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Hypoplastic left heart syndrome
Mackenzie Diveley

Mackenzie Diveley was born with a badly broken heart.

Her mother knew it was going to happen. A sonogram taken when Jessica Diveley was five months pregnant showed that Mackenzie’s heart was forming improperly. The condition is called hypoplastic left heart syndrome, something Jessica and her husband, Heath, knew little or nothing about until doctors in Decatur described it with drawings and a tone of serious concern.

The syndrome occurs when the left side of the heart fails to develop completely. Essentially, this leaves the heart unable to pump enough blood to nourish a child’s body. If untreated, the condition eventually causes the right side of the heart to fail, too.

There are a host of medical interventions—surgery and drugs—that can save these children, but it takes early action and a Herculean effort by families and physicians. Mackenzie, now 3 years old, has survived, but only after a harrowing health Odyssey and the most advanced care that medical science has to offer. Mackenzie was one of the first patients at Children’s of Alabama’s Bruno Pediatric Heart Center, which opened last year.

Long before Mackenzie was born, the Diveleys were referred to the University of Alabama at Birmingham, where specialists are trained to handle high-risk pregnancies and births. Mackenzie was born at UAB on Sept. 7, 2009, Labor Day.

Immediately, Mackenzie was whisked away for intensive care. Her first surgery was performed when she was 10 days old, and her second surgery when she was 16 days old. The Diveleys were finally able to take Mackenzie home when she was 12 weeks old. That was the day before Thanksgiving 2009, and Mackenzie had a feeding tube and required oxygen. “It was very scary,” Jessica recalled.

At first, Mackenzie seemed to be holding her own, but feeding her by mouth was problematic and she was weak. In February 2010, Mackenzie required another operation at UAB, and then began seeing doctors at Children’s Hospital.

For awhile, Mackenzie seemed almost normal. She started walking, running and playing, her mother said. “Then, all of a sudden she just lied in bed and didn’t want to do anything.” In May 2012, doctors performed another operation on Mackenzie in an attempt to get her heart to work more efficiently.

Mackenzie returned home, but by mid-summer, she became extremely ill again and was unable to keep food down. She went back into the hospital. At first, doctors suspected digestive problems, but they eventually determined that her heart was failing. They performed another heart operation—threading a catheter through blood vessels in an attempt to repair damage—and then realized that the only thing that could save Mackenzie would be a heart transplant.

“I was scared and shocked,’’ Jessica said. “I don’t think I ever stopped crying.”

After entering the hospital on July 13, 2012, Mackenzie began a six-month wait for a new heart. Pressure on the family was enormous. Mackenzie was weakening, and needed a family member nearby constantly.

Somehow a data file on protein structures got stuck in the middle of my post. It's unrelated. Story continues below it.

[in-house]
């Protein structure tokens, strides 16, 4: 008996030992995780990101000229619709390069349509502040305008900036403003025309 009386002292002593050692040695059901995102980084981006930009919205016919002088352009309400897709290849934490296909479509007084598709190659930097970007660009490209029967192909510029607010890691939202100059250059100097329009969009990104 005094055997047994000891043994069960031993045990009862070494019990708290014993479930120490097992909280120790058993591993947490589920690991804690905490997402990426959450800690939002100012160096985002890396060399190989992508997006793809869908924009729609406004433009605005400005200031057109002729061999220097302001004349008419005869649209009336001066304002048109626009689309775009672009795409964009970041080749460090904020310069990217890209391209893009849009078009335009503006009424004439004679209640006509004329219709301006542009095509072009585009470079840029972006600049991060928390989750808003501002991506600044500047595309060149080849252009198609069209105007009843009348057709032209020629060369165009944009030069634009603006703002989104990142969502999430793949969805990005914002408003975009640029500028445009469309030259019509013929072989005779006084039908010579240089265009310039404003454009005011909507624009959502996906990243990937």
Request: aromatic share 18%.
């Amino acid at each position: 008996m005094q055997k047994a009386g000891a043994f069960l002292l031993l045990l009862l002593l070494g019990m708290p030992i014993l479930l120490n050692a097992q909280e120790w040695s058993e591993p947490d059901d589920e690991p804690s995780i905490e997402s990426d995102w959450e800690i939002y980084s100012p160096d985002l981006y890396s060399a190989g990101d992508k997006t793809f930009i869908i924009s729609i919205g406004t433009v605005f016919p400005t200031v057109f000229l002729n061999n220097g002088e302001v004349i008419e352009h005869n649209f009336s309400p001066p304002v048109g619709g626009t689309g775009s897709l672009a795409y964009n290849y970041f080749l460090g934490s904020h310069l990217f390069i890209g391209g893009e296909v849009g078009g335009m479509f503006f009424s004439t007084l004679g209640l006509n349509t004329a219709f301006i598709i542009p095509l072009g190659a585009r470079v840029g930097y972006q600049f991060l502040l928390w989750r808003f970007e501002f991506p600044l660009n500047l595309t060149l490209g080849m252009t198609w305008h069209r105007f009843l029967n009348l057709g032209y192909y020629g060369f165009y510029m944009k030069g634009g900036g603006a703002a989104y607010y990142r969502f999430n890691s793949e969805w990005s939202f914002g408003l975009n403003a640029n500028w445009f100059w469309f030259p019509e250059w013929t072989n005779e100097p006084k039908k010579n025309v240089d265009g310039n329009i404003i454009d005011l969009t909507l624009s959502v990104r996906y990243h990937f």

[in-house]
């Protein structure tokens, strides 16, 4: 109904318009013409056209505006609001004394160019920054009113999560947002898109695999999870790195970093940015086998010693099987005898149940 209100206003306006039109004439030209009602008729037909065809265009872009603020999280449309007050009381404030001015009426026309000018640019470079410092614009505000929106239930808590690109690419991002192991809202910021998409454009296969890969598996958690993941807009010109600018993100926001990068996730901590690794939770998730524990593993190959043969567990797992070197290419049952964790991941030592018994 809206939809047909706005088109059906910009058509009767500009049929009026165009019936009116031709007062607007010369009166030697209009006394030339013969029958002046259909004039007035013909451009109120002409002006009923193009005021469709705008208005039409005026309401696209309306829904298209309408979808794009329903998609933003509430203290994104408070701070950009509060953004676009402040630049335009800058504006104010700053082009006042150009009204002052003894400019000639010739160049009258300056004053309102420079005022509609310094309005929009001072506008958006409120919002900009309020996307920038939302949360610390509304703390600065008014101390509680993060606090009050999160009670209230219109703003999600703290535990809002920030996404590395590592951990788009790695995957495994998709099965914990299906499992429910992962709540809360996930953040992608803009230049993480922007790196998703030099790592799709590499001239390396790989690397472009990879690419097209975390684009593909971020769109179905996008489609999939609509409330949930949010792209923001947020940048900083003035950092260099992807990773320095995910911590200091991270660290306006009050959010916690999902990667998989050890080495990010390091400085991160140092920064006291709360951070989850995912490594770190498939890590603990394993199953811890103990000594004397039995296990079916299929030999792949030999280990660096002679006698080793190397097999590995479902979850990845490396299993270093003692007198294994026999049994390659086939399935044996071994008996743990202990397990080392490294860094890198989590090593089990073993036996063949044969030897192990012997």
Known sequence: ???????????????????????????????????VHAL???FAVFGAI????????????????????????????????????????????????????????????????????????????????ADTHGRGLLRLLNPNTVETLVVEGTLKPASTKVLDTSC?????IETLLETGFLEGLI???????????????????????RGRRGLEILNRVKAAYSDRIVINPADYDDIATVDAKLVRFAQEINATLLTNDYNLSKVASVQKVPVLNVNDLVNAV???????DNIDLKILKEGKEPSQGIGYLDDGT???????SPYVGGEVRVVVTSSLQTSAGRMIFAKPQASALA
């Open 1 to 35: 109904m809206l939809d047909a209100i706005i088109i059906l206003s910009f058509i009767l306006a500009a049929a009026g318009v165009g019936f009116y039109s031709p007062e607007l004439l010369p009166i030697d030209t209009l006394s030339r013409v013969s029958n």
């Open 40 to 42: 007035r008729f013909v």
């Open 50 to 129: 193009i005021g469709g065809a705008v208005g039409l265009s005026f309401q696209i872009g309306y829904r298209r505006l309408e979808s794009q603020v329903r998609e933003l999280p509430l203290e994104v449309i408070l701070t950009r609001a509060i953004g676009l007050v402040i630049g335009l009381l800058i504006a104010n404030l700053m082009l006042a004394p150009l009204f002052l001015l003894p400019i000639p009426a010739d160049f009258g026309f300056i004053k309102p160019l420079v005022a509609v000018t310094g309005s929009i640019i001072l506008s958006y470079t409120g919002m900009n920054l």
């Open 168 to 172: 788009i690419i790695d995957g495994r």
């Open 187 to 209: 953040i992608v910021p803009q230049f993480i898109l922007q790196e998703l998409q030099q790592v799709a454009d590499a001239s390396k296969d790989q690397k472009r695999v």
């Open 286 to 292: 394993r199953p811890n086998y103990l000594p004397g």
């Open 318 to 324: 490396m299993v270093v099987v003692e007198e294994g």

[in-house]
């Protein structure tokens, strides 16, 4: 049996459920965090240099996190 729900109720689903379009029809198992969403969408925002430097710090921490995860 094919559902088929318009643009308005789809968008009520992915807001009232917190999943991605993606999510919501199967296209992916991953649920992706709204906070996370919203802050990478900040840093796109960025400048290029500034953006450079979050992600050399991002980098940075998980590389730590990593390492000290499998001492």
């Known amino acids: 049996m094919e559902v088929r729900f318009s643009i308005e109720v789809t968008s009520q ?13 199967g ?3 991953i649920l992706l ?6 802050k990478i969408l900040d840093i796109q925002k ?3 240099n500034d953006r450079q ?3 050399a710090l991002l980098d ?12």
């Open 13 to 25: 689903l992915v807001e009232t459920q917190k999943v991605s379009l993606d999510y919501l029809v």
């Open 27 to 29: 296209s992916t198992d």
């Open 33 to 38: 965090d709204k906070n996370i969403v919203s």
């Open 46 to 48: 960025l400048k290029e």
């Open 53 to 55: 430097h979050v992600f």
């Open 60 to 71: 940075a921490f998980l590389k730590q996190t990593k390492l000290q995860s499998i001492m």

There were two other Diveley children at home who needed attention, too, and a father who needed to work. Mackenzie’s maternal grandmother, Tina Robinson, stepped in to maintain a constant watch over Mackenzie in the hospital, sleeping in her room, and getting up with her throughout the night. The Diveleys drove back and forth from Falkville, while the Ronald McDonald House in Birmingham provided critically needed accommodations for the family.

It was a nerve-wracking and exhausting ordeal. In addition to everything else, Jessica became ill and developed pneumonia. Meanwhile, conversations started about the possibility of Mackenzie having to go on life support. “We were on the last two choices: Getting her a heart or putting her on life support,’’ Jessica said.

Seven times doctors told the Mackenzie family that a heart might be coming available, but each time, complications with the donor organ made the transplant impossible. “Once, she got all the way to the operating room doors,’’ Mackenzie’s grandmother said.

Finally, the eighth heart was deemed acceptable, and on Feb. 3, 2013, Mackenzie received the transplant. The operation was performed at UAB, but in March, doctors at Children’s began performing pediatric heart transplants, as part of the hospital’s initiative to provide world-class cardiac care.

Jessica’s new heart is working. “She looks very good,’’ Jessica said. “She’s starting to get energy back.”
There are many challenges ahead for the Diveleys. The family must spend about six weeks with Mackenzie at the Ronald McDonald House to ensure that medical help is close by in an emergency.

Moreover, it is likely that Mackenzie will have to take special drugs the rest of her life to keep her body from rejecting the transplanted heart.

Still, for the time being, Mackenzie has been given a second chance for life, and the family is hopeful.
Mrs. Diveley said the experience opened her eyes to the complicated health problems experienced by many children. A family in the room next to Diveleys was from another state. “They are waiting for a heart, too,” Jessica said.

It has been most helpful—and comforting—to interact with other families of sick children, she said. It’s good to know you are not alone while going through a difficult experience, but these relationships are also tough. “You get attached to these people,’’ she said. “We had one who went home and passed away. He was my little buddy.”

Doctors and nurses have been caring and helpful, but it still has been a difficult experience.
“It’s one of the hardest things you will ever have to do is watch your baby slowly go,” she said.
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